Ecological and Human Health in Rural Communities (EHHRC) partners work to understand the relationships between social arrangements and ecological systems in order to advance the well-being of rural communities.
A world in which human flourishing is supported by thriving ecological communities.
Despite widespread recognition of health inequities and considerable evidence linking human activities to ecological health, very little research directly links human health and ecological integrity in rural environments. Building on existing interdisciplinary strengths in engineering, geography, cultural studies, and public health, researchers are pursuing urgent unanswered questions regarding the linkages between humans’ well-being and the conditions of the broader ecologies and social structures they inhabit in rural areas.
Education, research, and engagement activities will focus initially on Central Appalachia, simultaneously known for its unique ecological richness and dramatic landscapes, as well as intensifying health disparities that cannot be fully explained by socio-behavioral factors. As the initiative grows, activities will expand to rural communities worldwide, potentially collaborating with Virginia Tech's ongoing initiatives and investments in India, China, Malawi, and Ecuador.
Our specific research questions include:
- Are ecological health indicators, such as species diversity, predictors of human health in nearby communities, and vice versa?
- How do long-term exposures to different combinations of environmental contaminants, combined with structural inequalities, affect human and ecological health?
- How can researchers and educators connect with communities to inform and support their decision-making, and strengthen the opportunity for residents to influence research priorities, policy, and education?
According to the National Healthcare Quality & Disparities Report (2017):
- Life expectancy for U.S. residents decreases as the level increases.
- The causes of death contributing most to lower life expectancy in rural areas include: heart disease, unintentional injuries, chronic obstructive pulmonary disease, lung cancer, stroke, suicide, and diabetes.
"Morality rates due to colorectal cancer, lung cancer, heart disease, and chronic obstructive pulmonary disease are significantly elevated in Central Appalachia as compared to the United States as a whole and cannot be explained by socio-behavioral factors alone."
- Krometis et al, "Environmental Health Concerns and Disparities in the Central Appalachain Region of the United States," Reviews on Environmental Health (2017)
The EHHRC team envisions a curriculum that builds upon at least three new Pathways minors: Pathways to Sustainability, Civic Agriculture and Food Systems, and Appalachian Cultures and Environments. We seek resources to support courses that promote citizen science and community-engaged learning across the humanities, social sciences, and natural sciences.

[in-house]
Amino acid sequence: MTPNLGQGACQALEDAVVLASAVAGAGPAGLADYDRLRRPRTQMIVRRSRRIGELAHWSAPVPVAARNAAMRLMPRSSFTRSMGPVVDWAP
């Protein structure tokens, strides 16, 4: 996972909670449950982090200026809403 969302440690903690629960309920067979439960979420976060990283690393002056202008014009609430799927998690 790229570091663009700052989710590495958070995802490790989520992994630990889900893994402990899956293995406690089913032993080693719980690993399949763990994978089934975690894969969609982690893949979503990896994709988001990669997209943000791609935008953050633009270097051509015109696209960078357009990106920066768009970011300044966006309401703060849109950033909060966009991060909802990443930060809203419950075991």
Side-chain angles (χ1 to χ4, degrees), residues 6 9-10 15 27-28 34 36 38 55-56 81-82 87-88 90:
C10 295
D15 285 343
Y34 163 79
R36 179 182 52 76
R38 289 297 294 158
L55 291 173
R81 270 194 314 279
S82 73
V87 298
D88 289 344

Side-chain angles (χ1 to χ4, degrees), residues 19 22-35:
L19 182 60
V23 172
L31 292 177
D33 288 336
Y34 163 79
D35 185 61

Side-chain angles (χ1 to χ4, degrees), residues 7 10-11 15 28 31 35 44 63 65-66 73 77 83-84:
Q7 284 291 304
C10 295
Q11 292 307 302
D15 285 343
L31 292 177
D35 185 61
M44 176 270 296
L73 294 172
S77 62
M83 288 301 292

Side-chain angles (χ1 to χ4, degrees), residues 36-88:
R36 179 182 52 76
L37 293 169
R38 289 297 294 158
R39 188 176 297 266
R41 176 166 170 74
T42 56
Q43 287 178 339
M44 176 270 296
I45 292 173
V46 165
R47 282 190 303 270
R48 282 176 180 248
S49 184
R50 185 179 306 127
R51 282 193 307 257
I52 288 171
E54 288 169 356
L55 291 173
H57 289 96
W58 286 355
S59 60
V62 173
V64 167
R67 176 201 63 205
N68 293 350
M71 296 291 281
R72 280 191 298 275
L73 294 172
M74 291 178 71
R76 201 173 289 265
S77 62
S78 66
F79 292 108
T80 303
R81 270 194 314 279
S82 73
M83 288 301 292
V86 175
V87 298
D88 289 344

Our program leverages Virginia Tech’s renown in science and engineering, its growing public health stature, its increasing number of international partnerships, and its geographic location in order to attract students to pursue studies at the intersection of ecological, societal, and human health within the College of Natural Resources and Environment, College of Agriculture and Life Sciences, and College of Engineering, College of Liberal Arts and Human Sciences, and the Virginia-Maryland College of Veterinary Medicine.
The EHHRC team emerged in part in response to Appalachian community members’ requests to know more about the relationship between environmental exposures and the health of their extended families and social networks. Successfully meeting the EHHRC goals requires our engagement with local knowledge and experience via multi-directional community dialogue and community based participatory action research.
PILOT STUDY: TAZEWELL COUNTY, VA
How does environmental landscape change shape community and ecological health in the Central Appalachian coalfields?
In Summer 2016, concept team members collected oral histories centered around land use, environment and health from 14 Tazewell County residents. The researchers combined the oral histories with land use and land cover data to identify critical time points and development activities where changes in the local environment were most likely to impact ecological and human health.
The project demonstrated the synergistic value of collecting local and experiential knowledge via oral histories in conjunction with remote sensing data analysis to assist in more fully interpreting environmental monitoring and health records.
Fish & Wildlife Conservation
Myers-Lawson School of Construction
College of Liberal Arts & Human Sciences
Civil and Environmental Engineering
Religion and Culture,
Research Assistant Professor
Network Dynamics & Simulation Laboratory
Faculty of Health Sciences, Neuroscience
Population Health Sciences
Water Resources Research Center
Department of Large Animal Clinical Sciences
Did you know?
3.4 billion people live in rural areas worldwide, but research funding tends to focus on high-density populations.
Over 72% of land in the United States is in rural counties, which are overwhelmingly responsible for meeting the food, water and energy needs of the nation.